8) Integrate (hey, that rhymes)
It is so vital that each individual person truly believes that “your” church is “their” church too. Helping to make sure children, youth, small groups, outreach ministries, and the rest are fully integrated with every race within the church. It’s easy to have “tokenism” or even a whole group whose sole purpose is to be “ministered to.” This is not what the church is about. Everyone is to be discipled and edified to where they become the ministers themselves.
9) Develop Specific Ministries
Yet, at the same time, have some ministries specifically focused on meeting the needs of the minority community. A wealthy church, for instance, might not naturally have a food bank because none of their members ever struggled with hunger. However, after reaching out to a lower-income community, new needs might arise. Addressing those needs is vital to the overall health of the church.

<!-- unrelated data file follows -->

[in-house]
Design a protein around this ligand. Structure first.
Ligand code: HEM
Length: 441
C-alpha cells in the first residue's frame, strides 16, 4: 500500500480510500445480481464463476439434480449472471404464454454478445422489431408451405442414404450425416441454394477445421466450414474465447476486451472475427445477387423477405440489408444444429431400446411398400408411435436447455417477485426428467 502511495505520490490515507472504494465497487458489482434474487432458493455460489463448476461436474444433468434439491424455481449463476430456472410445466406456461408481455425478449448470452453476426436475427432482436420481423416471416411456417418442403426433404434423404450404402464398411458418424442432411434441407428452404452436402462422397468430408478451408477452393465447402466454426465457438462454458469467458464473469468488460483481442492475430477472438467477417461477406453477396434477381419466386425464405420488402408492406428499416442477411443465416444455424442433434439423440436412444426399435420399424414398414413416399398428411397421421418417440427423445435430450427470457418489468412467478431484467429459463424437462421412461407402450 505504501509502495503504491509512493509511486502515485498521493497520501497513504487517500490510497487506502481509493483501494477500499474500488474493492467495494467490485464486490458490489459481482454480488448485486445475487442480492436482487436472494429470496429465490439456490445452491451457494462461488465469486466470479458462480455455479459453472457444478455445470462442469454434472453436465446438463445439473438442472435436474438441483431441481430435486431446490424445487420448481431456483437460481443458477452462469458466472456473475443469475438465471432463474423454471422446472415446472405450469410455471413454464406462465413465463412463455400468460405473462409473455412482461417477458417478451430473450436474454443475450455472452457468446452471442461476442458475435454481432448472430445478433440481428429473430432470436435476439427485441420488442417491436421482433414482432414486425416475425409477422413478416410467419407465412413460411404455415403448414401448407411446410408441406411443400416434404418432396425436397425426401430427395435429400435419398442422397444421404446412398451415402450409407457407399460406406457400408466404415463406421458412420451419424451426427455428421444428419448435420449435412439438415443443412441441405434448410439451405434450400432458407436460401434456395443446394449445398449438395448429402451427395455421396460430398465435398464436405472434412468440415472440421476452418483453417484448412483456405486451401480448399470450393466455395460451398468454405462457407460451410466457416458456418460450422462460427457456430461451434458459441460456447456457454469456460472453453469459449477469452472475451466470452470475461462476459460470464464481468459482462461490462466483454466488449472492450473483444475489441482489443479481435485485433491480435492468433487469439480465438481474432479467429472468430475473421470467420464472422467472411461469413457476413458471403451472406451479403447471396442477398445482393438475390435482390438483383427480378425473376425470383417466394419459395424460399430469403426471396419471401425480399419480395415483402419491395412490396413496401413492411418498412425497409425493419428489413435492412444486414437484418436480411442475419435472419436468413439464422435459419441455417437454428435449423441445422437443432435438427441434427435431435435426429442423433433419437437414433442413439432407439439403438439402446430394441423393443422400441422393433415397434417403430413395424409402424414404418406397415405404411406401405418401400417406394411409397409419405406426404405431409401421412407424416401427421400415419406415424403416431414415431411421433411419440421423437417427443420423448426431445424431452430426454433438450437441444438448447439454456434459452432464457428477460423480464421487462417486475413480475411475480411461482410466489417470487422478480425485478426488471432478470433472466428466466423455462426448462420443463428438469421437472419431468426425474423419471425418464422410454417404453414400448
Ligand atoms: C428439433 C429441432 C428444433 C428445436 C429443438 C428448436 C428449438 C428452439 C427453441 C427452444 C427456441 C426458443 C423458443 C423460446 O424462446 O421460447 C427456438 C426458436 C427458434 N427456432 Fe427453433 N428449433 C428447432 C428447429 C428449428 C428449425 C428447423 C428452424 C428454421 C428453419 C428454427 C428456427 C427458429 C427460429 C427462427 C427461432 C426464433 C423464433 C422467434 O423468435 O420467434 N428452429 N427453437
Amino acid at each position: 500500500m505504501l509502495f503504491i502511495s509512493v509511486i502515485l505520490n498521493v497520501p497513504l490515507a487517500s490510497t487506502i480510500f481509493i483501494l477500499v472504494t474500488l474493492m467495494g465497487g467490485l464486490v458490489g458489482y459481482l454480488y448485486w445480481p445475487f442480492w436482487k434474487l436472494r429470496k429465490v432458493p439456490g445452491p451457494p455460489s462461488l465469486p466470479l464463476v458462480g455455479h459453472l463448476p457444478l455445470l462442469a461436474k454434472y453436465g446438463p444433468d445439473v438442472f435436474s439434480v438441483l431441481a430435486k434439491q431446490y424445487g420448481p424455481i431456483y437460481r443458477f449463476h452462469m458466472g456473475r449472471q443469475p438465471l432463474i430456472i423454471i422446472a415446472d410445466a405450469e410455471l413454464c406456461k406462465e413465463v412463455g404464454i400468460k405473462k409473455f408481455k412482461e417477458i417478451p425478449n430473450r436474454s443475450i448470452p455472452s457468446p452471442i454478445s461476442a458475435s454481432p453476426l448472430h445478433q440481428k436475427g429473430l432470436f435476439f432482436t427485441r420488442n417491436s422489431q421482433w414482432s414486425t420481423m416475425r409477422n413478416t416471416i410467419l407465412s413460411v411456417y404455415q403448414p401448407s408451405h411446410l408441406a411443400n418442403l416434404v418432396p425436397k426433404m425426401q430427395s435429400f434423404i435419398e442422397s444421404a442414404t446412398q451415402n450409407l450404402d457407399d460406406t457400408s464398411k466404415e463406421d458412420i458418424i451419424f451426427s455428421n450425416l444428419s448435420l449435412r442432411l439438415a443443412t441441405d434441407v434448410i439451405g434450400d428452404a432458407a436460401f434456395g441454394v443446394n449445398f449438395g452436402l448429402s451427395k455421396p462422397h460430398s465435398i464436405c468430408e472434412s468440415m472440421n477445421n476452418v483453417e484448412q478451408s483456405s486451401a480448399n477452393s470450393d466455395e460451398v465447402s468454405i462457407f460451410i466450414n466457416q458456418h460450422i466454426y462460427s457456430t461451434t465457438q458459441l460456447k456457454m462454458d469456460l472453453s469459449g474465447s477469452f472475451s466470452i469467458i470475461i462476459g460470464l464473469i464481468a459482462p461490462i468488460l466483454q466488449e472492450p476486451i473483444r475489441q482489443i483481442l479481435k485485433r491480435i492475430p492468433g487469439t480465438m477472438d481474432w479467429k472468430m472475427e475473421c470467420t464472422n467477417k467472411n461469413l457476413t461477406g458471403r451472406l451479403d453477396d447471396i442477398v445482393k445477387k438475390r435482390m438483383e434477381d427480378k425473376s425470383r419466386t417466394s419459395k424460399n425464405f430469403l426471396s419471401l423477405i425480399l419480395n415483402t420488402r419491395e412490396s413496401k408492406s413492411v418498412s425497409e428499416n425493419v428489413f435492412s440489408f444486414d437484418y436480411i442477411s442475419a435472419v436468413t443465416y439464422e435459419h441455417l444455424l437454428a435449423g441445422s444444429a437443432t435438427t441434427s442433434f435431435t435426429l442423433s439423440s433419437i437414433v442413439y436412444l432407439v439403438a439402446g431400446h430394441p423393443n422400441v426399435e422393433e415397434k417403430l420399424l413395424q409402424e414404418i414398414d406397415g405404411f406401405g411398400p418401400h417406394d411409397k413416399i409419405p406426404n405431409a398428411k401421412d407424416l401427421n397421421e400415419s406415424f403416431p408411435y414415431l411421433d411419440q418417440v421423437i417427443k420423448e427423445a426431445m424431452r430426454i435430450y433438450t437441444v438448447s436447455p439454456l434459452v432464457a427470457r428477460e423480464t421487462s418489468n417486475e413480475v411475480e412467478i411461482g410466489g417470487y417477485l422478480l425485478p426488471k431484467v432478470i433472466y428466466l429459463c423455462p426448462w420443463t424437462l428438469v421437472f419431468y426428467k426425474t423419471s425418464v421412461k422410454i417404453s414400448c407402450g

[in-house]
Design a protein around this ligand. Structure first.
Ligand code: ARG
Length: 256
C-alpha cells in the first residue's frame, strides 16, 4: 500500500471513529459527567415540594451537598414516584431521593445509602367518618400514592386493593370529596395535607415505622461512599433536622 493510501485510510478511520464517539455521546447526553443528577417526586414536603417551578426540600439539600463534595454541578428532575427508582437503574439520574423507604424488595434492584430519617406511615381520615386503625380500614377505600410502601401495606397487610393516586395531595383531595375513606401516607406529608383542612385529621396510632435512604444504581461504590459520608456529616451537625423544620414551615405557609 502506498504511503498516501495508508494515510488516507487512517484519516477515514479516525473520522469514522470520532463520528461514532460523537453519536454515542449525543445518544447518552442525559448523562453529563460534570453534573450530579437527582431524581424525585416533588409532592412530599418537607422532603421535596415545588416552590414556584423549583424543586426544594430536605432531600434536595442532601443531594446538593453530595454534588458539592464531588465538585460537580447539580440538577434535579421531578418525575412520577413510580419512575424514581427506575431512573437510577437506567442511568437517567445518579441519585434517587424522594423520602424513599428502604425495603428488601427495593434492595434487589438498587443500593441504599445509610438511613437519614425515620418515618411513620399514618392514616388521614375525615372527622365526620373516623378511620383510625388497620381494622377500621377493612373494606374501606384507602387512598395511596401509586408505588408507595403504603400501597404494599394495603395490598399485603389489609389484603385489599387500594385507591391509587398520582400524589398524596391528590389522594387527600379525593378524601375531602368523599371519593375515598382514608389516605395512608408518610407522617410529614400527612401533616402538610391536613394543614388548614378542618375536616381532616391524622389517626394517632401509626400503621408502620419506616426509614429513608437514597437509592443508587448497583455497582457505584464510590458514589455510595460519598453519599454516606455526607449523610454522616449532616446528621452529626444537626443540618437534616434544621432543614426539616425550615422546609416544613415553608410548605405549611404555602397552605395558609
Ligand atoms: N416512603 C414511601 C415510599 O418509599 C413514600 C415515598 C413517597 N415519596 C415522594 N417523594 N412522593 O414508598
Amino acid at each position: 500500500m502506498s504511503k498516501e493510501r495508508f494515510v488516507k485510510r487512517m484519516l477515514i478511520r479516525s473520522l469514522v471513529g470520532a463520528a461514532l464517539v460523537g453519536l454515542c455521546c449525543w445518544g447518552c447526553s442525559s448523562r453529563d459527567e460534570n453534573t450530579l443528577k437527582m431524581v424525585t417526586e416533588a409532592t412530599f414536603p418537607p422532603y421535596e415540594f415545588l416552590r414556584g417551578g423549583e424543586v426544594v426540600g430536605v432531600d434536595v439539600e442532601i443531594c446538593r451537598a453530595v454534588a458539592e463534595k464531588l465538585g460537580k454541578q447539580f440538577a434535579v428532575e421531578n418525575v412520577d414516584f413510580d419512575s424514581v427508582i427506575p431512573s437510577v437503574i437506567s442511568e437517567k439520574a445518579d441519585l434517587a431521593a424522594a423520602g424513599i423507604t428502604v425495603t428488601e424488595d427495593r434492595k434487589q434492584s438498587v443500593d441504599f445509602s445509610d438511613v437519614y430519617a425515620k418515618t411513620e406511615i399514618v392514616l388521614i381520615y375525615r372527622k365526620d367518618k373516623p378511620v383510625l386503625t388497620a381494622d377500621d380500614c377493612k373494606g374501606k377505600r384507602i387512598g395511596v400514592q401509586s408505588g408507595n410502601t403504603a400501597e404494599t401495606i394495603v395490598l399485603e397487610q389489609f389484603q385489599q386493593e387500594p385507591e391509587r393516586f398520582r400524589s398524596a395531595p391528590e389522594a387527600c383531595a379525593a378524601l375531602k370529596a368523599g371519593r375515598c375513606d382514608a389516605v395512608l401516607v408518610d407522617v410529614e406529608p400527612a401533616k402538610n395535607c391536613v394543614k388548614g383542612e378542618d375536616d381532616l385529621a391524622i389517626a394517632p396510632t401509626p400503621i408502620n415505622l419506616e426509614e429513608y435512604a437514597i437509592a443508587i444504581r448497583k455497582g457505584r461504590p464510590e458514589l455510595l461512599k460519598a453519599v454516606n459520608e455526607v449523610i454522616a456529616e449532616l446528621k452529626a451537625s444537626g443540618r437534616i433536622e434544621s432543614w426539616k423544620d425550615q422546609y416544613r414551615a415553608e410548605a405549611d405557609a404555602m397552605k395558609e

10) Plant New Churches
The final step is church planting. Churches tend to plant churches in similar communities to their own. What if more churches started specifically planting churches in communities different from their own? What if churches got planted right in the heart of communities of color? What if churches were planted right in the center of lower-income communities with the expressed belief that the planting church would need to continually fund the sister church indefinitely? What if churches who were already very diverse planted in areas that had churches struggling with being too homogeneous? What if instead of people saying you are welcome to come to our church, they actually moved into their community to serve Christ along side them? What if we became missionaries in our own zip code?